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No doubt partly through the success of his recordings, which are running along in parallel, Paul Lewis has won quite a following for his cycle of the Beethoven piano sonatas. This is not because he is the kind of pianist to court controversy. Audiences will have been attracted more by a guaranteed quality of musicianship.

His Beethoven cycle runs through to the end of this year with performances at venues throughout the UK, Europe and the US. Two CD releases have appeared so far and Thursday’s Wigmore recital presented a typical mid-point selection of less familiar and minor sonatas, with the “Moonlight” sonata thrown in as the popular draw.

They all sounded rich as velvet. Lewis never makes an ugly sound in Beethoven, which is not necessarily a good thing. His rich tonal palette is undeniably classy, but it does not easily allow the quick reaction to detail on which the early sonatas thrive. Here we often had sound for sound’s sake: repeated chords that were perfectly graded in touch, changes of key that registered as changes of sound world rather than anything else – all fascinating as an insight into how Beethoven may have been thinking with his fingers as he composed, but only one part of the story.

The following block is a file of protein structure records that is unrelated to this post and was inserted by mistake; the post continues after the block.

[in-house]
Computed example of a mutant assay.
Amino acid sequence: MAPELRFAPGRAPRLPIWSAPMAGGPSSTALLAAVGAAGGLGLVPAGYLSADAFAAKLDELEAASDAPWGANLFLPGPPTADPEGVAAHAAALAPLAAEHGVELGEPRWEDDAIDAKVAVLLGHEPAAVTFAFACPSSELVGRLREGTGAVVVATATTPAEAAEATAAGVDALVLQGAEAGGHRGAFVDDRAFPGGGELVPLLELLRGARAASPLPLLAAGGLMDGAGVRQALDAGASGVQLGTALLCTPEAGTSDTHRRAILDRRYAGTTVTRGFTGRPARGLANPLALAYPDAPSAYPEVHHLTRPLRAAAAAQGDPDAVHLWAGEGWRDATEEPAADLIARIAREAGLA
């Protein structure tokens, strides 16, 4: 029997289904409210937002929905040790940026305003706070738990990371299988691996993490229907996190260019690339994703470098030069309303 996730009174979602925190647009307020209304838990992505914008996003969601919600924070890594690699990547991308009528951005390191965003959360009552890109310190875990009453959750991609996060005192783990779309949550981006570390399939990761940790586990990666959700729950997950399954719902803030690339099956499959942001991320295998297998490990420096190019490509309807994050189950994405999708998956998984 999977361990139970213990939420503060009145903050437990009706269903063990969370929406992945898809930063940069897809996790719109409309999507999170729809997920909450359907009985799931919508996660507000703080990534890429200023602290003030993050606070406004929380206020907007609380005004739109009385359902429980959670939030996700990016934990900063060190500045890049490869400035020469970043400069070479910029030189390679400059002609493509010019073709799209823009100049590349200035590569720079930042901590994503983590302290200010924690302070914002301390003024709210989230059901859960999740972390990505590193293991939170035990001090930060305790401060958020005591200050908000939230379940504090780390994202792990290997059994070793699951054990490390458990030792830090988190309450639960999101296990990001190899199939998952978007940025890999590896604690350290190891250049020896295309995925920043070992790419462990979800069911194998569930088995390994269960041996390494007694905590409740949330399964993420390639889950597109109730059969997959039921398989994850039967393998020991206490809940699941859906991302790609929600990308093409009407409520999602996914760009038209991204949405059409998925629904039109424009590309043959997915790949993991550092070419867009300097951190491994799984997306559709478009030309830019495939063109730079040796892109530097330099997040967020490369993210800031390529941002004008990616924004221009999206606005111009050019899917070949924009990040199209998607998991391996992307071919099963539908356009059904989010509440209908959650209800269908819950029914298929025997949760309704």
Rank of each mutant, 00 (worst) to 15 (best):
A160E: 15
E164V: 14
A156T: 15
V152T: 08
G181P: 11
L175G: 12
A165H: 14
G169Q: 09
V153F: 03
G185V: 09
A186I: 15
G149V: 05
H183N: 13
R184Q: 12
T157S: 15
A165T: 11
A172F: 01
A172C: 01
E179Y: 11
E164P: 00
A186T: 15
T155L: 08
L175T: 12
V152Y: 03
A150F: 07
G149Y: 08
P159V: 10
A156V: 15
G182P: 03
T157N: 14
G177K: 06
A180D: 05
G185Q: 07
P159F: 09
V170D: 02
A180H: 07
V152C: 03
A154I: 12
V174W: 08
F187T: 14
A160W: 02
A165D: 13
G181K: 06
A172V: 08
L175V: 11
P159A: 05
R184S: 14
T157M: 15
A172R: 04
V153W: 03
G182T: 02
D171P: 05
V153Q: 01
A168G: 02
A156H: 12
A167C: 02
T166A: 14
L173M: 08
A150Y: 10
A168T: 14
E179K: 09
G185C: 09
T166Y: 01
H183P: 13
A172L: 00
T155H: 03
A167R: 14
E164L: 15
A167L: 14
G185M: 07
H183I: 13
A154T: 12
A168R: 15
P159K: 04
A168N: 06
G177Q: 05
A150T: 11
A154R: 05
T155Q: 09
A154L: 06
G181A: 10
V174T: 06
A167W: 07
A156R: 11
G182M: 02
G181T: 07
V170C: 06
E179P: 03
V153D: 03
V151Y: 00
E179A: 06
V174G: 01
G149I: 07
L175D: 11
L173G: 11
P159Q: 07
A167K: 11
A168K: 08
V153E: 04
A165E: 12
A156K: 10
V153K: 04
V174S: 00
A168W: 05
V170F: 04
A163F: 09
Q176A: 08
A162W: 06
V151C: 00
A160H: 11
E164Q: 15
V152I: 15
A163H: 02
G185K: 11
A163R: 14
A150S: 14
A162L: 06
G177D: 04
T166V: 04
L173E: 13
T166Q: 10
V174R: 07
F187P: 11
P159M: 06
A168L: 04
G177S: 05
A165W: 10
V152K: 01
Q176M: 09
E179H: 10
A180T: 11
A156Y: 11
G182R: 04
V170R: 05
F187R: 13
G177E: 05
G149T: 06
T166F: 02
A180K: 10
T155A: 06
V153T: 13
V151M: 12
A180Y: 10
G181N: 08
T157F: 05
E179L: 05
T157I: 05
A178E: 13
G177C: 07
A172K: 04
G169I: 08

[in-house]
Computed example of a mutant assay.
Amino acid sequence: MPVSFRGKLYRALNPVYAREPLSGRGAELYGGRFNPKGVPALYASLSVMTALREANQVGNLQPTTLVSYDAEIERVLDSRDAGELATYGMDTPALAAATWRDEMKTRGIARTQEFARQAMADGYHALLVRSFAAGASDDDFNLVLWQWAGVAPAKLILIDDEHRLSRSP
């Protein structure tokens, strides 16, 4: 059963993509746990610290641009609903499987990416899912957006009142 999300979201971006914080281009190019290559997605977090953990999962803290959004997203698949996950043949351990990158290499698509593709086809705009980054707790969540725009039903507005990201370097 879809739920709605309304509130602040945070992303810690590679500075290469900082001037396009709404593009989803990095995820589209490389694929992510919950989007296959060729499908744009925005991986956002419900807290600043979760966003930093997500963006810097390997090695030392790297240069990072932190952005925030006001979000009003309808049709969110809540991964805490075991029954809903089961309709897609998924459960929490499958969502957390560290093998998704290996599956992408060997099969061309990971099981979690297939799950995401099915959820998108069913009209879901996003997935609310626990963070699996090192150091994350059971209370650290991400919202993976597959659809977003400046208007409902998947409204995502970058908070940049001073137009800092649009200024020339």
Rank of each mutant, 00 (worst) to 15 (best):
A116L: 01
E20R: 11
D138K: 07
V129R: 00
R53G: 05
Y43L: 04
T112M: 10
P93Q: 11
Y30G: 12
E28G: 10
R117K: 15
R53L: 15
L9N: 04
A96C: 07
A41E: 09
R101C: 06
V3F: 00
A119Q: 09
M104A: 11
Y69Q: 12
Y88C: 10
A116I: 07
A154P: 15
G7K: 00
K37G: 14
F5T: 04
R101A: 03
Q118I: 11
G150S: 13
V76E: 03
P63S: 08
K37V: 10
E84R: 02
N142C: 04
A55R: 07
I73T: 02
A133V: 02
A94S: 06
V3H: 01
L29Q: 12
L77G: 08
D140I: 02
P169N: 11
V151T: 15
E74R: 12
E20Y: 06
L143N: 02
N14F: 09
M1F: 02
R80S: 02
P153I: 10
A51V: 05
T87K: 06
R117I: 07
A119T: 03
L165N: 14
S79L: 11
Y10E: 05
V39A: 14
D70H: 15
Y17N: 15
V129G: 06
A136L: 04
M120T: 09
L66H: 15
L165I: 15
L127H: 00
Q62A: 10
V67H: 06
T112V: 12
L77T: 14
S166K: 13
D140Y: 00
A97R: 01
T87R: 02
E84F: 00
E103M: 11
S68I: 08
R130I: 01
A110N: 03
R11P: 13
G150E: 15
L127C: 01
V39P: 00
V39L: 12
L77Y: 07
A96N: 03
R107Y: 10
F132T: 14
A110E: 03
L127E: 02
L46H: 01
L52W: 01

The smaller sonatas in the first half – the elegant, two-movement Op.54 and the Op.27 pair, the “Quasi una fantasia” No.1 and the “Moonlight” – did not quite take off. There was much beautiful playing, but not enough incident or variety. Too little seemed to happen. With the grand E flat Sonata, Op.7, the second half lifted and regained the level that has made earlier instalments of this cycle so rewarding.

It is clear that Lewis is never going to show us the young Beethoven, with his rough, cussed sense of humour, warts and all, but perhaps the composer would be flattered by a cycle of the sonatas that portrays him with such handsome playing.

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